How many peer reviews do you do in a year?

I have a folder where I put all the files I create while peer reviewing a manuscript. This weekend I finished the fourth of 2016, and I usually assume the fourth will be the last. I wondered if that was always true. By counting up the files in this folder, I was able to see how many I had done each year, plotted below.

peer reviews chart

Four is in fact the most common number (the “mode” in this dataset, if you will). But what happened in 2013 and why did I do eight? By the way, I also see one of those had three revisions.

Update October 2016: I spoke too soon. I’m going to hit nine this year. You’re welcome, editors.

Update January 2017: Final tally: eleven. I believe in my heart of hearts the late-breaking rush was due to my tempting fate with this very post.

The beauty of dye-sensitized solar cells

DSSC SwissTech

Check out these photos of EPFL’s SwissTech Convention Center, which has a facade covered in dye-sensitized solar cells (DSSCs). The archetypal dye for a DSSC is a ruthenium complex called “black dye.” Dyes like actually have an enchanting purple-brown-black color, which isn’t totally black. But you can theoretically use any molecule that will inject an electron into a semiconductor when hit by light, and I just did a bit of hunting around and found a company called Dyenamo that specializes in different colors. The bottom picture is from C&EN, which has an article on non-silicon solar cells this week.

DSSC SwissTech from C&EN

New PNNL paper on zinc/manganese oxide energy storage

I’ve had quite a few people email asking what I think about the new paper Reversible aqueous zinc/manganese oxide energy storage from conversion reactions in Nature Energy, by authors at PNNL. Understandable, since I spend a lot of my time talking about Zn and MnO2 for electrical storage. Fair!


First: unfortunately the work is being marketed (by PNNL) with a terrible graphic of a Platonic ideal supergreen™ battery that sits in a sunlit field and emits rays of light that save the world, but that’s pretty standard for battery research these days. Once the PR department gets ahold of it, you’re waist-deep in pictures of suns, windmills, iPhones, and Teslas. Most people, even most scientists, don’t understand the many levels of hierarchy involved in battery design and engineering, so I try to overlook these kinds of silly Photoshop excursions.

Second: the innovation of the paper is that they are making a rechargeable Zn-MnO2 battery in a mildly acidic electrolyte, and getting good cycle life. The way they’re doing this is by using α-MnO2 as their cathode active material. MnO2 comes in several polymorphic forms, some of which you can see below. (I adapted this figure from a paper by Poinsignon.) They are built from MnO6 octahedra, but can distinguished by the tunnel structures in the crystal.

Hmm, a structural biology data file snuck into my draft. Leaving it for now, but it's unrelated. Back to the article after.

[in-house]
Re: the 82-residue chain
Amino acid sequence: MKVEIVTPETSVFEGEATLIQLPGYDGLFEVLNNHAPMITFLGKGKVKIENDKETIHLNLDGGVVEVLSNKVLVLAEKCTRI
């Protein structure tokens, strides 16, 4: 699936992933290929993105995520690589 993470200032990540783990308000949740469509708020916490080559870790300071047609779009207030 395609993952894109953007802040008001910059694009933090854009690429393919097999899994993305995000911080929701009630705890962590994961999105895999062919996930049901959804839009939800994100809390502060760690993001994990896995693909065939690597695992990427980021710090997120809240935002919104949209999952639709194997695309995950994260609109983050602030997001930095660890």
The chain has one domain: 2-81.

MnO2 types fig small

A lot of my recent work has focused on the polymorph γ-MnO2, which is an intergrowth of (a) and (b) above. The PNNL work makes an interesting discovery about α-MnO2: they see the α-MnO2 going through a conversion reaction to MnOOH, which is somewhat unexpected. As you can see in the figure above, α-MnO2 is usually thought of as a host structure, to intercalate guest ions (like Ba2+). They then see that the surface of the MnOOH is coated with a large flake-like material that originates with the sulfate electrolyte, ZnSO4[Zn(OH)2]3 · xH2O. In this respect, the reaction is a bit reminiscent of a lead-acid battery, which also involves a sulfate film.

The paper is very interesting in that it provides unexpected evidence of α-MnO2 acting in the manner of a conversion reaction. (And that’s why that term is important and shows up in the paper’s title.) Also the zinc hydroxyl sulfate flake-film is a tantalizing look at what could be a very complex cathode reaction. And I’m a sucker for complex electrochemical reactions, as I hope you know. The test bed for the research was a CR2032 form factor, which is the kind of battery that goes in my running watch. So, the picture the PR machine and the science press are painting (with that world-saving battery up above) is a bit overblown, but the electrochemistry research underpinning this paper is extremely interesting, and I hope to see more.

Battery testing at the Advanced Photon Source

Just returned from some battery testing at the Advanced Photon Source near Chicago. Here Snehal models one of the new batteries we’ve developed for grid-scale electrical storage.

Snehal battery

And here’s a couple of them sitting in the path of an X-ray “white beam” that will give us diffraction data while they cycle. This way you can track the mechanism of what’s happening during battery cycling … since the cycling is ultimately an electrochemical transformation.

APS battery testing

Now we’re going through a full set of data, getting to the bottom of our underlying mechanisms. By the way it snowed quite a bit while we were there. Here’s the lovely winter view from the guest house.

APS snow Feb 2016